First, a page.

Status improves on residence hall damage
Mississippi State University officials assisted students returning to Ruby Hall on Jan. 9 after some rooms in the residence hall received water damage during the recent arctic blast that produced single-digit temperatures on the Starkville campus. Preparing to greet students at the university’s claims assistance desk in Ruby Hall were, left-to-right: MSU Dean of Students Thomas Bourgeois, MSU Coordinator of Football Recruiting Rockey Felker, MSU Vice President for Student Affairs Bill Kibler and MSU Director of Housing and Residence Life Ann Bailey. PHOTO: Megan Bean | Public Affairs
One day after frozen pipes caused by record cold temperatures last week produced substantial water damage to at least three Mississippi State residence halls, university officials said the damage was less extensive than originally feared.
"After a more extensive assessment of the damage, it appears that approximately 120 students will be impacted," said MSU Vice President for Student Affairs Bill Kibler. "Now, our focus is on providing personal assistance to those students who need alternate housing options, securing their possessions from the damaged rooms and in helping them navigate this unexpected transition."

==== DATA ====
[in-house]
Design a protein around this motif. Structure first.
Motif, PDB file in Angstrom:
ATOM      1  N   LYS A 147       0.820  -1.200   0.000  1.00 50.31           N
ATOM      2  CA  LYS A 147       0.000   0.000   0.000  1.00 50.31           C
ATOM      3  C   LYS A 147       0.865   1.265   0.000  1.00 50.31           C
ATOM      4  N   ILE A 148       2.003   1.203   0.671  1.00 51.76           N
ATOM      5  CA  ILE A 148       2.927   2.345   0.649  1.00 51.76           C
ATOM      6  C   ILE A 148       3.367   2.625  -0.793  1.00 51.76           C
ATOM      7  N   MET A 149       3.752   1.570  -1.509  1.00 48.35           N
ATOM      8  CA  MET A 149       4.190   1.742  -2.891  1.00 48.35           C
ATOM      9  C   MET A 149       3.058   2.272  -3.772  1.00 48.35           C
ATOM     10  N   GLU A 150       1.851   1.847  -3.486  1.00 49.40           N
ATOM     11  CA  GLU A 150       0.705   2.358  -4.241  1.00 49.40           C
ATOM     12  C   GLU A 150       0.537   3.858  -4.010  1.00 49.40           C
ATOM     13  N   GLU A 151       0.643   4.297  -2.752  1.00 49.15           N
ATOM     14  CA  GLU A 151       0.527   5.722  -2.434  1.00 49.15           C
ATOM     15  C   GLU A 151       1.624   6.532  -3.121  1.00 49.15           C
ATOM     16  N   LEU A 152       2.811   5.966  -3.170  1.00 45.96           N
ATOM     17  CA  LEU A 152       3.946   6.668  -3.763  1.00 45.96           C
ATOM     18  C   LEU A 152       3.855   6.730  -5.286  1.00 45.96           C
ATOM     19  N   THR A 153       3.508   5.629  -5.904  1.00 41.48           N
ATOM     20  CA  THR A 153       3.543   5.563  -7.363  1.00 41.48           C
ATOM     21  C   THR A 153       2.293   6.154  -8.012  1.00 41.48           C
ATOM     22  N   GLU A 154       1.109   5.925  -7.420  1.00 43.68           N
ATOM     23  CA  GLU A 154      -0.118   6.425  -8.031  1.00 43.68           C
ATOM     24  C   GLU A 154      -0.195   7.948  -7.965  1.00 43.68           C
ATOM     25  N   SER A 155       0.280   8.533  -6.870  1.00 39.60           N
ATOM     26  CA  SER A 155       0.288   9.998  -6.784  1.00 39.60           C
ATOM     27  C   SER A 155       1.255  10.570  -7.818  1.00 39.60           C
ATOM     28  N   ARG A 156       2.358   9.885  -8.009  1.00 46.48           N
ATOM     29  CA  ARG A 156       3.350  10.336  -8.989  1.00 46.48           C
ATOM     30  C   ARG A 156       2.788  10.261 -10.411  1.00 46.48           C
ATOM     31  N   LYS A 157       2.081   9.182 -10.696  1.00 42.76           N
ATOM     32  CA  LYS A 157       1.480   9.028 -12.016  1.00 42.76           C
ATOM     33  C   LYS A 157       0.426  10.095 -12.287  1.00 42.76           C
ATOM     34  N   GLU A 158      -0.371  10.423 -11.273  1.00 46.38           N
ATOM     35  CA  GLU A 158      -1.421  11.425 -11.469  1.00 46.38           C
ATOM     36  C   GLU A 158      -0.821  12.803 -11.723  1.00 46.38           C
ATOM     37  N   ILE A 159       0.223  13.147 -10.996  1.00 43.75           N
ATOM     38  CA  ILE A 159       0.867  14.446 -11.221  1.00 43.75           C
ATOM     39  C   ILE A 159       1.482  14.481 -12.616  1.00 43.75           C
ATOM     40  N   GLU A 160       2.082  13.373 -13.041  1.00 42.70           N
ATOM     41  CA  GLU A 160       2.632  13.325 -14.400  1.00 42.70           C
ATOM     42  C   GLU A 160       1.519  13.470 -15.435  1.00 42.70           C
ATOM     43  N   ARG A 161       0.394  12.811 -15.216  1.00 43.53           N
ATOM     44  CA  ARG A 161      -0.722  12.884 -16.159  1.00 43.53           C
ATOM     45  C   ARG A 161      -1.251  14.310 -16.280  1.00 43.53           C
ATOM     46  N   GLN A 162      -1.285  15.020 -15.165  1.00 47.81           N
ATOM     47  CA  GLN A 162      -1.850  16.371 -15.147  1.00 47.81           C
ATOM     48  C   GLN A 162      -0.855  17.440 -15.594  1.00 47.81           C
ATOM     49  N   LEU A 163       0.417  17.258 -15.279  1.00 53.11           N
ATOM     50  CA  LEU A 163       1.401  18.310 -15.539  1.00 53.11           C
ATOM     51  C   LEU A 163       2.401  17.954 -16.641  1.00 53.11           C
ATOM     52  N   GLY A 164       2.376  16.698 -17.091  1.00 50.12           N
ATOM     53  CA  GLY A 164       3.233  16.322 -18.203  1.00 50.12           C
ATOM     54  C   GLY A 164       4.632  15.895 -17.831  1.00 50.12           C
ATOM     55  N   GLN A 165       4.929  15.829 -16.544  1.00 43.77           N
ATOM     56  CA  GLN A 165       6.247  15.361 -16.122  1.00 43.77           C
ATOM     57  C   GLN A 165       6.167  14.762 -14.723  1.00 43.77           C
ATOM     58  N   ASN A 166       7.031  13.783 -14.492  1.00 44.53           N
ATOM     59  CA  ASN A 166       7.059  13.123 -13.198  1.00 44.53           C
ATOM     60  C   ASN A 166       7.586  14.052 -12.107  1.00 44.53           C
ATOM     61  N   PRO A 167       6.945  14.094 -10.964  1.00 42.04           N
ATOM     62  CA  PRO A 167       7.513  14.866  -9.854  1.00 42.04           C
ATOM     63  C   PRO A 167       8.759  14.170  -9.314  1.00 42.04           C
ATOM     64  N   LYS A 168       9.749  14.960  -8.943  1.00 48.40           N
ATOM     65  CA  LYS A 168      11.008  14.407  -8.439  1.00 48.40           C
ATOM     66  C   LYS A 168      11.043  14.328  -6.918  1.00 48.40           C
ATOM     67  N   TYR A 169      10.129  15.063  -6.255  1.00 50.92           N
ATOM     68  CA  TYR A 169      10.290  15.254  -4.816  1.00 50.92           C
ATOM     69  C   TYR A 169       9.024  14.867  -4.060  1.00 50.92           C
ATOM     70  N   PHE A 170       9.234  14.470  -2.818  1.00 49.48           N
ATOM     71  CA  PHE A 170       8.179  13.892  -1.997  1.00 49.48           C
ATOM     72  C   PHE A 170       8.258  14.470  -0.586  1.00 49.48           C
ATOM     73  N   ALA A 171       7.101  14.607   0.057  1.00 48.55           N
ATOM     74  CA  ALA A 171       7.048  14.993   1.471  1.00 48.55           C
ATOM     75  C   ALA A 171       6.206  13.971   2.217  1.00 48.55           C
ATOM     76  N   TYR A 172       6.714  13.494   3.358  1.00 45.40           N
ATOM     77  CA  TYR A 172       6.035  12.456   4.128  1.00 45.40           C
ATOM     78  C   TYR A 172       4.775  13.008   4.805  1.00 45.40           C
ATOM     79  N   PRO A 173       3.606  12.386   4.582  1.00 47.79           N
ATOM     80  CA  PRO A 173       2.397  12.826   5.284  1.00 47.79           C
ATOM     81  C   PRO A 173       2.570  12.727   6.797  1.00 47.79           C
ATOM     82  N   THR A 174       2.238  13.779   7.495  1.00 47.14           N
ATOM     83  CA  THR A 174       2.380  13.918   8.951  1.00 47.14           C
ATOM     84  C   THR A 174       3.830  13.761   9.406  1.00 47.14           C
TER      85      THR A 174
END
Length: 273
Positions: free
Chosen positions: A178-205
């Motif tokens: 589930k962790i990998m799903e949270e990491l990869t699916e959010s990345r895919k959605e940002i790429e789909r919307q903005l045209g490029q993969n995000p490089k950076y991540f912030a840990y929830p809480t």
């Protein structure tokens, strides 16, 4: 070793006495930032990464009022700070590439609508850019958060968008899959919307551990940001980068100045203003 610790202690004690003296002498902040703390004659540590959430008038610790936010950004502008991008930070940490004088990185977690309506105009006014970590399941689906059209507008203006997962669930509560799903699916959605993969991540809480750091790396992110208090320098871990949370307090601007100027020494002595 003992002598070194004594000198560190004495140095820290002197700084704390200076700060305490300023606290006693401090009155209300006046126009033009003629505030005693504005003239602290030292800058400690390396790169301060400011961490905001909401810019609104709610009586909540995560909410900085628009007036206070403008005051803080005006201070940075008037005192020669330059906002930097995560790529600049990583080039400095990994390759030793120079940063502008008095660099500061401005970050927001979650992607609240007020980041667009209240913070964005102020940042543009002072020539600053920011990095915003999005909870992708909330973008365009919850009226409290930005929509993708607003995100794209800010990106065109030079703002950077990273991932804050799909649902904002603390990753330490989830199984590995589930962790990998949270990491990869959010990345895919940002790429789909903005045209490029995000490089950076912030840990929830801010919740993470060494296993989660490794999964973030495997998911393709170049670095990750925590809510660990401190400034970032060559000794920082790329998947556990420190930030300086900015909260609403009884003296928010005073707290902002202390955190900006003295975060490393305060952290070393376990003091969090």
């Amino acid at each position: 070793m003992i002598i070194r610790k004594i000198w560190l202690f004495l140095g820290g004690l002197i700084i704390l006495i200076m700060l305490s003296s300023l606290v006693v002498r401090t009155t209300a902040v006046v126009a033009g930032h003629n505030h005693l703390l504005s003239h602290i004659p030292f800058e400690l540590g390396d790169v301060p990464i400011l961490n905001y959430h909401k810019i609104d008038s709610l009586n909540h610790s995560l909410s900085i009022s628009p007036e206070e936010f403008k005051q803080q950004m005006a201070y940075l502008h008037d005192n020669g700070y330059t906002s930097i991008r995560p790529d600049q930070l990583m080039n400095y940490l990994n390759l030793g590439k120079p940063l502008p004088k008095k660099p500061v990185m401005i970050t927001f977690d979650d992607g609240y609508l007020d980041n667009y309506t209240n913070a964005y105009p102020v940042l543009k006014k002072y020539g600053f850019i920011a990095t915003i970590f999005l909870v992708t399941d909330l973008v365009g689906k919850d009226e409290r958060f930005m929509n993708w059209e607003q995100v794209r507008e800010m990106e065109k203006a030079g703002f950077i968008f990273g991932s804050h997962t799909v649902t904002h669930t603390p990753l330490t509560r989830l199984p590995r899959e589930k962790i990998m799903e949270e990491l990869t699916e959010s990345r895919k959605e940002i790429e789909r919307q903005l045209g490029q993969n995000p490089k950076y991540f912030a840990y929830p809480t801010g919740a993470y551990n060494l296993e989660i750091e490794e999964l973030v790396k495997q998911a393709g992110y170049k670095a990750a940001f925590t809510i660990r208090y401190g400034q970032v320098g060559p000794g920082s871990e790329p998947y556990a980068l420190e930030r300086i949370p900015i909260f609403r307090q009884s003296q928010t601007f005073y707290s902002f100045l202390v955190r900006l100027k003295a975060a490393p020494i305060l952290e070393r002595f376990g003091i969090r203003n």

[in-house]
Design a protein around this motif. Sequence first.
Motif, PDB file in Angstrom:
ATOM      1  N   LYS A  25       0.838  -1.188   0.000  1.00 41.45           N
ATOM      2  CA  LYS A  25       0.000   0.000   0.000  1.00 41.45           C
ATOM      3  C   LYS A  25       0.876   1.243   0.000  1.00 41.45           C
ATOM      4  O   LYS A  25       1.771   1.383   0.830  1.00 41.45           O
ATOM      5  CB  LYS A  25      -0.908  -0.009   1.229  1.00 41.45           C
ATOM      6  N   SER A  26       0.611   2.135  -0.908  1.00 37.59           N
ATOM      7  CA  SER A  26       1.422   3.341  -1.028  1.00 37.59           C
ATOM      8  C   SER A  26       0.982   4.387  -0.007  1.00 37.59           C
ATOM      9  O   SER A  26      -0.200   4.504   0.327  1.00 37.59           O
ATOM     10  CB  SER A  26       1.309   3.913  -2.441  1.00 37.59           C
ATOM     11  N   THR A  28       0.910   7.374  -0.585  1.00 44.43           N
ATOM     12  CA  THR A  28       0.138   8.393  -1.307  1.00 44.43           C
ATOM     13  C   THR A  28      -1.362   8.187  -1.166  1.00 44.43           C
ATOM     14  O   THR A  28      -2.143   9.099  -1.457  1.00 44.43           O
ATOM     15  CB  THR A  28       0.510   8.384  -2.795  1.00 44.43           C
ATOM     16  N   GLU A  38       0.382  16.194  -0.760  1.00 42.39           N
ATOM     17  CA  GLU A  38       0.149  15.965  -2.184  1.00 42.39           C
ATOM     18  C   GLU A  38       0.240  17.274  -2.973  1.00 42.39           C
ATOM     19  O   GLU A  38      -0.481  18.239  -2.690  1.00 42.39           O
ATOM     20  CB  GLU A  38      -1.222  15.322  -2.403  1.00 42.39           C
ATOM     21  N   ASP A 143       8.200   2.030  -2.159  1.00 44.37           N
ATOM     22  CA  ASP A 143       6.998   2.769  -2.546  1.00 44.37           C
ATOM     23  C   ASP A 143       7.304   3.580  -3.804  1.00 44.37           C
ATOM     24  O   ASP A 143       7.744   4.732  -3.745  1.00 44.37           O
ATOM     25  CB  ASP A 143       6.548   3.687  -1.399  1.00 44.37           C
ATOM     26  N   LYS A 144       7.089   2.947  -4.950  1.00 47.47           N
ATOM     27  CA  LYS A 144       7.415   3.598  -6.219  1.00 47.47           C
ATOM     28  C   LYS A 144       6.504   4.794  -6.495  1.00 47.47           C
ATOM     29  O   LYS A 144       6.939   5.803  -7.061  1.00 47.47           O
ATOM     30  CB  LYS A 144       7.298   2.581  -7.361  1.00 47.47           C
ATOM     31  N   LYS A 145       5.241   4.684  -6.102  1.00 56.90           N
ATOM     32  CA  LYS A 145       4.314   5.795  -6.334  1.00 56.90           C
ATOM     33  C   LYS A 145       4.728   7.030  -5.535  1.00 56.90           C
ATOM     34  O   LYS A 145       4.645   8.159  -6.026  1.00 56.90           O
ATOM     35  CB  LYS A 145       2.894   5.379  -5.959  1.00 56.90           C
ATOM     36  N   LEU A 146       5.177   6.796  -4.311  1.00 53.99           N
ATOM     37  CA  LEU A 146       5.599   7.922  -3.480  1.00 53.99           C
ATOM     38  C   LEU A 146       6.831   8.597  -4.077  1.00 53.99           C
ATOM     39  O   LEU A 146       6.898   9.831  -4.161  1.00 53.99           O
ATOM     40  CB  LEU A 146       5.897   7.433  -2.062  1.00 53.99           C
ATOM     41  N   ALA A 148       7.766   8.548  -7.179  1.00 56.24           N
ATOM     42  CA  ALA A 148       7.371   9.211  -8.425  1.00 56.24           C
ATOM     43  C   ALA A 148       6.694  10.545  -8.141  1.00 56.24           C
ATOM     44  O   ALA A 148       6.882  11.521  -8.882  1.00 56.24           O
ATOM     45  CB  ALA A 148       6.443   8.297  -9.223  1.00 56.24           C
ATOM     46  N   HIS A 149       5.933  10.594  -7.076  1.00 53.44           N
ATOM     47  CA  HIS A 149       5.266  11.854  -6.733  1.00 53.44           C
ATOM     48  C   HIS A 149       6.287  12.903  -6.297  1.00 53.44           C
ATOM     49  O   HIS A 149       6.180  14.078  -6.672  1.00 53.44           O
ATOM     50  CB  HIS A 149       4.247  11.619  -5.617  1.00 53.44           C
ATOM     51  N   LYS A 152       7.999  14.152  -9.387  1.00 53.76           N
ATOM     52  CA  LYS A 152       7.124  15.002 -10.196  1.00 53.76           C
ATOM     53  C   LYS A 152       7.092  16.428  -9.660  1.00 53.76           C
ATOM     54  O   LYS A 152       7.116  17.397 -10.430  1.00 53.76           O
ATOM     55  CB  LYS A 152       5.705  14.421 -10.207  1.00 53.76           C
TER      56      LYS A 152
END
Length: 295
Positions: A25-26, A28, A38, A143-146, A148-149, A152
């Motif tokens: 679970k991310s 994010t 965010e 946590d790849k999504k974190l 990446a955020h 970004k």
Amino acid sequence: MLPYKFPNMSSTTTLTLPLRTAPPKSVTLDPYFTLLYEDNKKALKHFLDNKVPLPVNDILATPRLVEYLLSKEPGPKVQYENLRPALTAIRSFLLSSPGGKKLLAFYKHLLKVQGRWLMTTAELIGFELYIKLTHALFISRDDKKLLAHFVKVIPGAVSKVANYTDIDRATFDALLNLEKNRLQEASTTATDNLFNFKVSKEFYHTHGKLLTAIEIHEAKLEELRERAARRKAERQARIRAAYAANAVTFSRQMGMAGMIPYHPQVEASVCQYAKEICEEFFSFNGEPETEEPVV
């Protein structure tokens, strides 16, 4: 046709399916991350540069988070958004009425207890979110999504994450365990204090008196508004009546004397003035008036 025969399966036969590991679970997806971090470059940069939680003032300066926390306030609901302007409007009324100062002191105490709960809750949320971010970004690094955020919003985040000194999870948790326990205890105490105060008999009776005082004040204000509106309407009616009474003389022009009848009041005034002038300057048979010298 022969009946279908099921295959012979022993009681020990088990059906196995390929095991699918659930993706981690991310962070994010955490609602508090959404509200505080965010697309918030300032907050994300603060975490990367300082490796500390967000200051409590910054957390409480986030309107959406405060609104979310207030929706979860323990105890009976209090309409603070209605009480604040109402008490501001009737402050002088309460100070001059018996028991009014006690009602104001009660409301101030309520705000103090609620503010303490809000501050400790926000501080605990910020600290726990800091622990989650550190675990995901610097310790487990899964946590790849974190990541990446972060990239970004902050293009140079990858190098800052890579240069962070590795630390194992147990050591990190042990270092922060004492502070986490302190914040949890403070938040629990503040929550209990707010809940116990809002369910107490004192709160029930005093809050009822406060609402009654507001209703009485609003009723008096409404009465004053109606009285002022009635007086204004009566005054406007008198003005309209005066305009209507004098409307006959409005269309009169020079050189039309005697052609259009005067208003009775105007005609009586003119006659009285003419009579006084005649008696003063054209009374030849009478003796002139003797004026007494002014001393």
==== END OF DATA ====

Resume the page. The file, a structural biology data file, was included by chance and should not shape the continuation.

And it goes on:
Kibler said the university began contacting individual students on Jan. 7 to advise them of the weather-related damage and to inform them of available options.
The most extensive damage was reported in Ruby Hall in Zacharias Village on the north side of the campus. Ruby Hall, opened in 2005, housed some 412 students. The damage came from a ruptured fire suppression system water pipe on the third floor of the building's "B" wing, which housed male students. About half of the Ruby "B" wing residents were student athletes.
Other residence halls impacted by water pipe ruptures in the fire suppression system included Oak Hall and Magnolia Hall, the two newest housing facilities on the MSU campus.
Kibler said one wing of Ruby Hall would likely be closed for the entire 2014 Spring semester, while needed repairs in Oak and Magnolia Hall" primarily wet carpet, minor sheetrock damage, and moisture removal" could potentially be completed "in a few days."
"As soon as the damage was discovered, we began an aggressive program of securing the facilities, launching an appropriate environmental mitigation response, and making sure that we go about this clean-up in a safe and effective manner," said Kibler.
MSU's Department of Housing and Residence Life will be assisting students impacted by the weather-related damage as they transition to other housing opportunities. Students who need additional information are urged to call 662-325-3555 or email email@example.com.
MSU Chief Communications Officer Sid Salter said the university was continuing to monitor the potential impact of the single-digit temperatures on the more than 700 buildings included in MSU's statewide infrastructure, but that it appeared the three residence halls were the only buildings with damage from the frigid temperatures.
"The university is investigating the specific cause of the pipe damage and that assessment will be thorough and exhaustive, but it's clear at this point that the ultimate cause traces back to record single-digit cold temperatures," said Salter.